The accuracy of the cost estimation process can make or break project success. The role of an Estimator is often one of the most crucial steps in a project life span and often one of the most important roles within a company.
However, since the UK recession ended and the construction industry benefitted from a significant boom, there has been an increase of the number of people undertaking Quantity Surveying, meaning in some cases there are more surveyors than there are jobs and leaving that all important gap in the role of an Estimator.
What is the difference?
Although very similar in pay scale and in skills, the common perception is that QS is the more appealing job out of the two. However, we would argue that it is the role of an Estimator who has the better job and generally enjoys what they do more.
If you believe that Estimators – who are sometimes referred to in the trade as ‘bean-counters’ – are just sitting in an office number crunching, you’d be sadly mistaken. As Estimator has the luxury of getting to know the client, understanding their requirements, working with budgets, researching products, managing risks and expectations.
We would go as far to say that the Estimator gets to do the fun part of the job and the QS it is left to deal with the the conflicts that can occur after it is passed on. This is the part of QS training that they don’t tell you about!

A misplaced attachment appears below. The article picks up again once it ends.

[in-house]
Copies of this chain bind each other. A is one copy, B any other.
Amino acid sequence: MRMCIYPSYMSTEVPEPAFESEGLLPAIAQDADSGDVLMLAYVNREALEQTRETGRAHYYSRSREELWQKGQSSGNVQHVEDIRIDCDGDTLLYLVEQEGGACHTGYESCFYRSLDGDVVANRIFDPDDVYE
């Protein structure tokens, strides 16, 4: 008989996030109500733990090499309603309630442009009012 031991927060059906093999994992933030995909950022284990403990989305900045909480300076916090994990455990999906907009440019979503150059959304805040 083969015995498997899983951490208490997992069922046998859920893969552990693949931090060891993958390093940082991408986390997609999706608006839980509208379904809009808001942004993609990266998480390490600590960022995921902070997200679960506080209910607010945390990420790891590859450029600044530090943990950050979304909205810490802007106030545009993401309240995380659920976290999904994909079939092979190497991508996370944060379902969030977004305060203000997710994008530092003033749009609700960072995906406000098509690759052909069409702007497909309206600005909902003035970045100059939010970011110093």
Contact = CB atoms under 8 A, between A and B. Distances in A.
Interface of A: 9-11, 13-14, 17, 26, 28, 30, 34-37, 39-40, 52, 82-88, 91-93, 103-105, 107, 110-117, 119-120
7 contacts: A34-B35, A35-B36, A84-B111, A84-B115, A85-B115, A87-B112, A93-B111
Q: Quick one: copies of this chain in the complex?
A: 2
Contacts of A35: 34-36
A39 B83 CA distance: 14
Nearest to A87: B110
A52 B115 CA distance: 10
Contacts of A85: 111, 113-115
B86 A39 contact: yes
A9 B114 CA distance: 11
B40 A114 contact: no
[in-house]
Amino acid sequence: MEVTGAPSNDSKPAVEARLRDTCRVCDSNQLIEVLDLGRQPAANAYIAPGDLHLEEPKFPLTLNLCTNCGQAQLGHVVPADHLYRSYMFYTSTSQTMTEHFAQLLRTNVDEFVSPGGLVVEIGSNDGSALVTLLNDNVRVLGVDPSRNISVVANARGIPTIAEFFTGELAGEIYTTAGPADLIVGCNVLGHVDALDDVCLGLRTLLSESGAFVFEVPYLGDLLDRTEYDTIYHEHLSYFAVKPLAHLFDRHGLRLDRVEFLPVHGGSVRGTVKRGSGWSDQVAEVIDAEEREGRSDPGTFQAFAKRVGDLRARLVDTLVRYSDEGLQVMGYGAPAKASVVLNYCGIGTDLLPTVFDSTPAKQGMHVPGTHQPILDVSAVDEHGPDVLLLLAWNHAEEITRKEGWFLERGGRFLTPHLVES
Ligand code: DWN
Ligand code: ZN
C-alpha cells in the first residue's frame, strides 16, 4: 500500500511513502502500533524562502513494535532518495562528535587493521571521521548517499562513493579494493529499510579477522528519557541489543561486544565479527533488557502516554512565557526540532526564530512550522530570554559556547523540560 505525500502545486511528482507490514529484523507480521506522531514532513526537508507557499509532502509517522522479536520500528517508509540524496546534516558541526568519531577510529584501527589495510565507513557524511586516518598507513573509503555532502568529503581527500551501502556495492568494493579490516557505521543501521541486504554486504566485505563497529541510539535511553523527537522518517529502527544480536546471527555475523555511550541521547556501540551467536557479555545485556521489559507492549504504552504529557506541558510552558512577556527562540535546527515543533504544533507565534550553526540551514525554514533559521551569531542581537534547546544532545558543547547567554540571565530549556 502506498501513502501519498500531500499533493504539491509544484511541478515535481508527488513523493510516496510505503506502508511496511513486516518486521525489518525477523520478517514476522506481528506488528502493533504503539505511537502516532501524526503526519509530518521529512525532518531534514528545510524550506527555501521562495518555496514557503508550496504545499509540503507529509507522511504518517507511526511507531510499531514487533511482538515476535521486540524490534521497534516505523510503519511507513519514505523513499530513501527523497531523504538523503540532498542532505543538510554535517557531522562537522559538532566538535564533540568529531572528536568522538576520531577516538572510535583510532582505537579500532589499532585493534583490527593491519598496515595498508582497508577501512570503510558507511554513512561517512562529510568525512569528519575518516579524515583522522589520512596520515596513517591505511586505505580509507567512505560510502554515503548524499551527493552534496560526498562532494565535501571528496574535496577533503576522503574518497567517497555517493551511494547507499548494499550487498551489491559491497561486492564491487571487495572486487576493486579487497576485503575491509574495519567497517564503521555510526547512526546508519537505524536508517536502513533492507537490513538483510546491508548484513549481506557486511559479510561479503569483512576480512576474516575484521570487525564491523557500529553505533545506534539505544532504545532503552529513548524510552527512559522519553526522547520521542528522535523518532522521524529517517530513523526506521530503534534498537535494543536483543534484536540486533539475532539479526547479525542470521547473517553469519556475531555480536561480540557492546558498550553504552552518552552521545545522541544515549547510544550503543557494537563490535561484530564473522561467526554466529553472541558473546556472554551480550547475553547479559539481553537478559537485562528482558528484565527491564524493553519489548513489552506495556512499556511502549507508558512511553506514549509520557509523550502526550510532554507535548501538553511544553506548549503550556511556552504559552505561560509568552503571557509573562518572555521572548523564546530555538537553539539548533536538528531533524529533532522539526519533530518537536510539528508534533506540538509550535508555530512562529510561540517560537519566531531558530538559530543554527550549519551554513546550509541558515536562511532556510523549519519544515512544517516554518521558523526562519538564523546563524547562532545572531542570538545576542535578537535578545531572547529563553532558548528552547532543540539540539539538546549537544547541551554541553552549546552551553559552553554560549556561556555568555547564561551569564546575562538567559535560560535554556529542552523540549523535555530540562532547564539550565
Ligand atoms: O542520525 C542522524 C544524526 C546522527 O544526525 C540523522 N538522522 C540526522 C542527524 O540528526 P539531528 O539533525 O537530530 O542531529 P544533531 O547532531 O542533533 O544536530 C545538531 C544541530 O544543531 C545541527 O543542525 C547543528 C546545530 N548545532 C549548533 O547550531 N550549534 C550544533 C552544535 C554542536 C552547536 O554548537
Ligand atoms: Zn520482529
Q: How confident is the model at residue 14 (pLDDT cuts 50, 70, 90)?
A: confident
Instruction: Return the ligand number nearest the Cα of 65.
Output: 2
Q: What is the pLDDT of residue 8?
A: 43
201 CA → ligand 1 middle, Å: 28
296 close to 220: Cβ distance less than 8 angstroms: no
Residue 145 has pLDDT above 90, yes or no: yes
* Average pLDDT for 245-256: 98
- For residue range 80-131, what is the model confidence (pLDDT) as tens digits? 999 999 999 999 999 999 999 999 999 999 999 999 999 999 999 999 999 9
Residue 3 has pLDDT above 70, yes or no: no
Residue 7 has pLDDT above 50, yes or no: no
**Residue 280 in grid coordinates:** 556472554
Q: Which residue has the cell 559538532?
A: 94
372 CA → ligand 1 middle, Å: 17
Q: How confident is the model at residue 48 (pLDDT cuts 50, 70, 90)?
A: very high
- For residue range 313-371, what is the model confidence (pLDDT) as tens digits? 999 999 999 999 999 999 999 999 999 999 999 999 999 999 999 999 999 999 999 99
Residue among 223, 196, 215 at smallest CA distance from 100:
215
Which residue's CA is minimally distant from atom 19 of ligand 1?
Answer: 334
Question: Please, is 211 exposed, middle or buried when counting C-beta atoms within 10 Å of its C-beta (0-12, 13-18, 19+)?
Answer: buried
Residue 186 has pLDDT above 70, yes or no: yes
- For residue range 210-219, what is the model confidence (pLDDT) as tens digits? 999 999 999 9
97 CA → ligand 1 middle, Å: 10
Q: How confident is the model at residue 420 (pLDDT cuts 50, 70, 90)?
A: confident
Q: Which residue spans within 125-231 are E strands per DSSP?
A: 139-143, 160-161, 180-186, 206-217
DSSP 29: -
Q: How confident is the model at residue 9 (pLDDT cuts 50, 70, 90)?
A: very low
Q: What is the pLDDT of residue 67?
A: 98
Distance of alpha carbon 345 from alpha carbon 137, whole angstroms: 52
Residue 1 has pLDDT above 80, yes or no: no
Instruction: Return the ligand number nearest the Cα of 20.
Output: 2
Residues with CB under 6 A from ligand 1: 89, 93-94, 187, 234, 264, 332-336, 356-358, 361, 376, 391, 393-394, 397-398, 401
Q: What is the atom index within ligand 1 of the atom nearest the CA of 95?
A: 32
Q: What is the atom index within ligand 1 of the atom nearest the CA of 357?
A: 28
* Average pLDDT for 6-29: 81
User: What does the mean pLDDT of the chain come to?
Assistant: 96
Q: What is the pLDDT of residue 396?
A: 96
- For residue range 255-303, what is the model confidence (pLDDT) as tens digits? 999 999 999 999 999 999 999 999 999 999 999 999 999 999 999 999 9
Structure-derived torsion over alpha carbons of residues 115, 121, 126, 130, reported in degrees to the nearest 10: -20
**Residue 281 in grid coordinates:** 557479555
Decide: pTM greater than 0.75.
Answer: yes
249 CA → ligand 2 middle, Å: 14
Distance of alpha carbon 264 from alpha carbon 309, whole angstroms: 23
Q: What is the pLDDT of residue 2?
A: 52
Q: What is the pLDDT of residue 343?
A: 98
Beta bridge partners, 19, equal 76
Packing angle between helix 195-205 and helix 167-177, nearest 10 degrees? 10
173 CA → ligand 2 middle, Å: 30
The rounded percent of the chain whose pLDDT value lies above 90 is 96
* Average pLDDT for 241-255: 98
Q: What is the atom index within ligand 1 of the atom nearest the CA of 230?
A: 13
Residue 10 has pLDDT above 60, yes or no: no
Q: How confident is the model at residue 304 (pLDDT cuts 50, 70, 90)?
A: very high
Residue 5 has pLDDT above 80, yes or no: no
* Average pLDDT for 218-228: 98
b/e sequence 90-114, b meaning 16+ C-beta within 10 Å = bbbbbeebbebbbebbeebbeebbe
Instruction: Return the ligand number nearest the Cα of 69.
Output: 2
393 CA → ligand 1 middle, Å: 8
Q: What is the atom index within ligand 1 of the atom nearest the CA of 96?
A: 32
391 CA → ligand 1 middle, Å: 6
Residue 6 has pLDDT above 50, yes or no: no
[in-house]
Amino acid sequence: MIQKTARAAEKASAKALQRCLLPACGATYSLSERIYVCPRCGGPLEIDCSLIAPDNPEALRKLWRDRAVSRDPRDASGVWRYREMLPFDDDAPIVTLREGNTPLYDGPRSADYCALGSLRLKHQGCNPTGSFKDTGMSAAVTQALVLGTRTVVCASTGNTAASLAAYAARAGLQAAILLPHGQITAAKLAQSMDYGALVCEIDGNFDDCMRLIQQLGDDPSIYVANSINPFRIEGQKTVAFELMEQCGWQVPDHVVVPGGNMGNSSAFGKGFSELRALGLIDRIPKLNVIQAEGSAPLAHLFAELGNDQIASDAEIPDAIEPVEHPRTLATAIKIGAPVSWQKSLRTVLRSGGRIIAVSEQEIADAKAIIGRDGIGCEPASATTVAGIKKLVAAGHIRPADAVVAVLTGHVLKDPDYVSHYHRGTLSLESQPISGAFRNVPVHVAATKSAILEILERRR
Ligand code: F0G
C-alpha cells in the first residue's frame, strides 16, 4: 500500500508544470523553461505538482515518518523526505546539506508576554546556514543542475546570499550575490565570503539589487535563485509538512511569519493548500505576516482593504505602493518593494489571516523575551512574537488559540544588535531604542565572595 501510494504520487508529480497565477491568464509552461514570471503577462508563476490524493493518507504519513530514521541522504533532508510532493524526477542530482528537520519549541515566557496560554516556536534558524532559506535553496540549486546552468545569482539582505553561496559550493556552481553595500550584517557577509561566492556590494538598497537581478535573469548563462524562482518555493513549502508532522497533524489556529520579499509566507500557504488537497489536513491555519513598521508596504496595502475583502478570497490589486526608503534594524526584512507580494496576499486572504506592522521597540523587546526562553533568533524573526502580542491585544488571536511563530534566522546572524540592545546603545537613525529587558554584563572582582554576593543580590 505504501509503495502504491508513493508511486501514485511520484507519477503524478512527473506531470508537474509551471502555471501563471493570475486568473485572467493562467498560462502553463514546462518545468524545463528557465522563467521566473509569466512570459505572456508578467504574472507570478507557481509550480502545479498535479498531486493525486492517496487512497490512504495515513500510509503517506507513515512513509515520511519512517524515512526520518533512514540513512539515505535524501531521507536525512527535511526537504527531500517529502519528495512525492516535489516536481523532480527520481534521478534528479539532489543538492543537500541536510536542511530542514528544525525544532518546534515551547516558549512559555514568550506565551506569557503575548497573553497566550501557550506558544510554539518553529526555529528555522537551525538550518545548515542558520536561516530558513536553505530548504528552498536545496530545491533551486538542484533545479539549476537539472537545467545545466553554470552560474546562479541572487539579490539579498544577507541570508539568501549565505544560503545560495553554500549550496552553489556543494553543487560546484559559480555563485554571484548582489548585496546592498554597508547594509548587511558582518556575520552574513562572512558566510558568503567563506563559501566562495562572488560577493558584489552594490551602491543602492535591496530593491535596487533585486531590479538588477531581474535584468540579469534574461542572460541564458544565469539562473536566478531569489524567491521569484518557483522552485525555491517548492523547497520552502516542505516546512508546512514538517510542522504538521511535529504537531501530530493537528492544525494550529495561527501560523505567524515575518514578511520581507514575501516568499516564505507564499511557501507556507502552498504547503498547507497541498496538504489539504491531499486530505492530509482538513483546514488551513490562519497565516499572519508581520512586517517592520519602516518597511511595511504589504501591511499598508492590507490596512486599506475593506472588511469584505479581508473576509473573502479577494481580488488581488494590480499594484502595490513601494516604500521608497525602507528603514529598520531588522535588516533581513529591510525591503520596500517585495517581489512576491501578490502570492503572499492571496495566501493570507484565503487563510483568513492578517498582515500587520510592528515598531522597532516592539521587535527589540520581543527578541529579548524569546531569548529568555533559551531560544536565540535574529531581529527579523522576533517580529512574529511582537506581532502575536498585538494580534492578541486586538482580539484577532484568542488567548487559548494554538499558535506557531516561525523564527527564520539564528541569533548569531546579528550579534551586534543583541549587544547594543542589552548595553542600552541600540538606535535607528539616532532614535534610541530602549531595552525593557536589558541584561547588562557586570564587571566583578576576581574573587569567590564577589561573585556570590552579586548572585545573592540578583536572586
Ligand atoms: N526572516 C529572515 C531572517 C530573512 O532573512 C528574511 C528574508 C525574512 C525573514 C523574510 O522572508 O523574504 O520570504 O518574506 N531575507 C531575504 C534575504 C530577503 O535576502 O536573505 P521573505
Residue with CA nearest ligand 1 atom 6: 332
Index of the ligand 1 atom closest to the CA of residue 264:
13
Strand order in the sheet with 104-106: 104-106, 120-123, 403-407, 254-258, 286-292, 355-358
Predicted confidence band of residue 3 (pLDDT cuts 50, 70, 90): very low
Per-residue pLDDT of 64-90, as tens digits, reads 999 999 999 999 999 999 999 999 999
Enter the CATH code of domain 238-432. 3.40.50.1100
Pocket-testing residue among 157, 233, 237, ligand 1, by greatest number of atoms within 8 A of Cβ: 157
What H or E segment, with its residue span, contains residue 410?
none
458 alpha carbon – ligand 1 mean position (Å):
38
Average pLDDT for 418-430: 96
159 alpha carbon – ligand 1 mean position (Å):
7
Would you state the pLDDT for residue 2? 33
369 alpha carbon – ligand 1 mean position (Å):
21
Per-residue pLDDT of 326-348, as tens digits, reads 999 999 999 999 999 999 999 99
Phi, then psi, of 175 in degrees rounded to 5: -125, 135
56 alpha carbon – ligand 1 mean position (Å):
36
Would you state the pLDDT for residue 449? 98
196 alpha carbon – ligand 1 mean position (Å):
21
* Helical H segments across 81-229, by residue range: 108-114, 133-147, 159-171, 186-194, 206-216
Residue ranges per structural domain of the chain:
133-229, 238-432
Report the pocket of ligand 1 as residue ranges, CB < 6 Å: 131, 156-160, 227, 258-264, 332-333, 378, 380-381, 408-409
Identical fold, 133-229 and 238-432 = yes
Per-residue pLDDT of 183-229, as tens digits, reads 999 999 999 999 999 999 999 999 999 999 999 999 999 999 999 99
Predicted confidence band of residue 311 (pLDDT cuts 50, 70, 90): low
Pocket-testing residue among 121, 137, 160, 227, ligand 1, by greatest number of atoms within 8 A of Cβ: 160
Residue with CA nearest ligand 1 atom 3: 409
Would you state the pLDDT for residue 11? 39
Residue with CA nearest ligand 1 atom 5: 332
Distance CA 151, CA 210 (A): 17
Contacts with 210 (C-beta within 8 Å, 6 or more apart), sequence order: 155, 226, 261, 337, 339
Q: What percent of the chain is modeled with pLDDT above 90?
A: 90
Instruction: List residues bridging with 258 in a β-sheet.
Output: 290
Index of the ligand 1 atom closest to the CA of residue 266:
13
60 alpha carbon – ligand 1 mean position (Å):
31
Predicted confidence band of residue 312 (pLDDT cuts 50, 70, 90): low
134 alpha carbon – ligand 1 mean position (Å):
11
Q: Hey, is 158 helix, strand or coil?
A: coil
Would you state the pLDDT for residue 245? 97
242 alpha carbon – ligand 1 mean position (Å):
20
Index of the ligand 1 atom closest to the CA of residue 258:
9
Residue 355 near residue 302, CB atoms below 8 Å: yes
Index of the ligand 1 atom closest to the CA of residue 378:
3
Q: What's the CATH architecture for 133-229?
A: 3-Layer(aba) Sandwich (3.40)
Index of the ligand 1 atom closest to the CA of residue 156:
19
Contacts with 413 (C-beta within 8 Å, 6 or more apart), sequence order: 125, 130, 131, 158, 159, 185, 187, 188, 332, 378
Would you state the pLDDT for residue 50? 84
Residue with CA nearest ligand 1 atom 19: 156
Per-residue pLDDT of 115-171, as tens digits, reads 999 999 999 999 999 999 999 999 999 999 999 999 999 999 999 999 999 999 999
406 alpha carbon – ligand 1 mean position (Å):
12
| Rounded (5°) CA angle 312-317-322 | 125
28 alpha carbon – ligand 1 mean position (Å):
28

Change of career?
Unfortunately estimating is an area that you could say demonstrates where academia is out of touch with industry. With the majority of qualifications focusing on Quantity Surveying, it leaves those who could be excellent Estimators perhaps struggle at the wrong job for them.
We would encourage any Quantity Surveyors who are considering a career change to seriously think about becoming an Estimator. We would also say to any tradesmen who are mathematically minded to also consider a career in estimating. Our own Managing Director came from a joinery background and moved onto Surveying then finally Estimating. Other members of staff have come from studying QS at University or come from the building site.
What makes a good Estimator?
Estimators must be self starters, good forward planners and are often required to make judgments or assessments in relation to budget costs from limited information. As an estimator you would work closely with other professionals including construction managers, planners and design teams, so team working skills are essential. Communication is key to being able to confidently communicate with clients and suppliers from the get go would be to your advantage.
If you are interested in a career as an Estimator, with some experience but more to learn we would like to hear from you.